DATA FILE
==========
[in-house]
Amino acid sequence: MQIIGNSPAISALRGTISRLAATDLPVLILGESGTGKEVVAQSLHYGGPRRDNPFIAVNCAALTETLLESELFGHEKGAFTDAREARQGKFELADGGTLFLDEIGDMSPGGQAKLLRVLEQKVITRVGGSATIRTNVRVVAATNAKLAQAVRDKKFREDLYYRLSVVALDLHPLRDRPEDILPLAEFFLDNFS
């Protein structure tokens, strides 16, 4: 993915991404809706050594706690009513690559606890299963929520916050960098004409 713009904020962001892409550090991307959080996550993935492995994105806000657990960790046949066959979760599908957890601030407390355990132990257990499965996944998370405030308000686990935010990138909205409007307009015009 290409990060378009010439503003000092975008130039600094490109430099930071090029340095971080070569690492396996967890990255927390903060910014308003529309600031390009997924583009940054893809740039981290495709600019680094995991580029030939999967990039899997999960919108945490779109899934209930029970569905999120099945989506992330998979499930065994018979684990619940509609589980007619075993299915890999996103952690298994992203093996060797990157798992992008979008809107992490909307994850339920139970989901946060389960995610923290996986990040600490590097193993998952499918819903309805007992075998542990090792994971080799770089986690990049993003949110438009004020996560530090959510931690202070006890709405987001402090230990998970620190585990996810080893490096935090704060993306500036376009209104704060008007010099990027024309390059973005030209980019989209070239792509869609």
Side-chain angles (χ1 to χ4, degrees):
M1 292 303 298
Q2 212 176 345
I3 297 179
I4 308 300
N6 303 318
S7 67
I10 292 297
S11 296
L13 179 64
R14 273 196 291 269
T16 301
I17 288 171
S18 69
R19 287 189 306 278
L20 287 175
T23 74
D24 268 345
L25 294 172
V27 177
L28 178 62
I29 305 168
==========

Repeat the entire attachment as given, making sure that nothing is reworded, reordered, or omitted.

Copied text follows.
[in-house]
Amino acid sequence: MQIIGNSPAISALRGTISRLAATDLPVLILGESGTGKEVVAQSLHYGGPRRDNPFIAVNCAALTETLLESELFGHEKGAFTDAREARQGKFELADGGTLFLDEIGDMSPGGQAKLLRVLEQKVITRVGGSATIRTNVRVVAATNAKLAQAVRDKKFREDLYYRLSVVALDLHPLRDRPEDILPLAEFFLDNFS
């Protein structure tokens, strides 16, 4: 993915991404809706050594706690009513690559606890299963929520916050960098004409 713009904020962001892409550090991307959080996550993935492995994105806000657990960790046949066959979760599908957890601030407390355990132990257990499965996944998370405030308000686990935010990138909205409007307009015009 290409990060378009010439503003000092975008130039600094490109430099930071090029340095971080070569690492396996967890990255927390903060910014308003529309600031390009997924583009940054893809740039981290495709600019680094995991580029030939999967990039899997999960919108945490779109899934209930029970569905999120099945989506992330998979499930065994018979684990619940509609589980007619075993299915890999996103952690298994992203093996060797990157798992992008979008809107992490909307994850339920139970989901946060389960995610923290996986990040600490590097193993998952499918819903309805007992075998542990090792994971080799770089986690990049993003949110438009004020996560530090959510931690202070006890709405987001402090230990998970620190585990996810080893490096935090704060993306500036376009209104704060008007010099990027024309390059973005030209980019989209070239792509869609």
Side-chain angles (χ1 to χ4, degrees):
M1 292 303 298
Q2 212 176 345
I3 297 179
I4 308 300
N6 303 318
S7 67
I10 292 297
S11 296
L13 179 64
R14 273 196 291 269
T16 301
I17 288 171
S18 69
R19 287 189 306 278
L20 287 175
T23 74
D24 268 345
L25 294 172
V27 177
L28 178 62
I29 305 168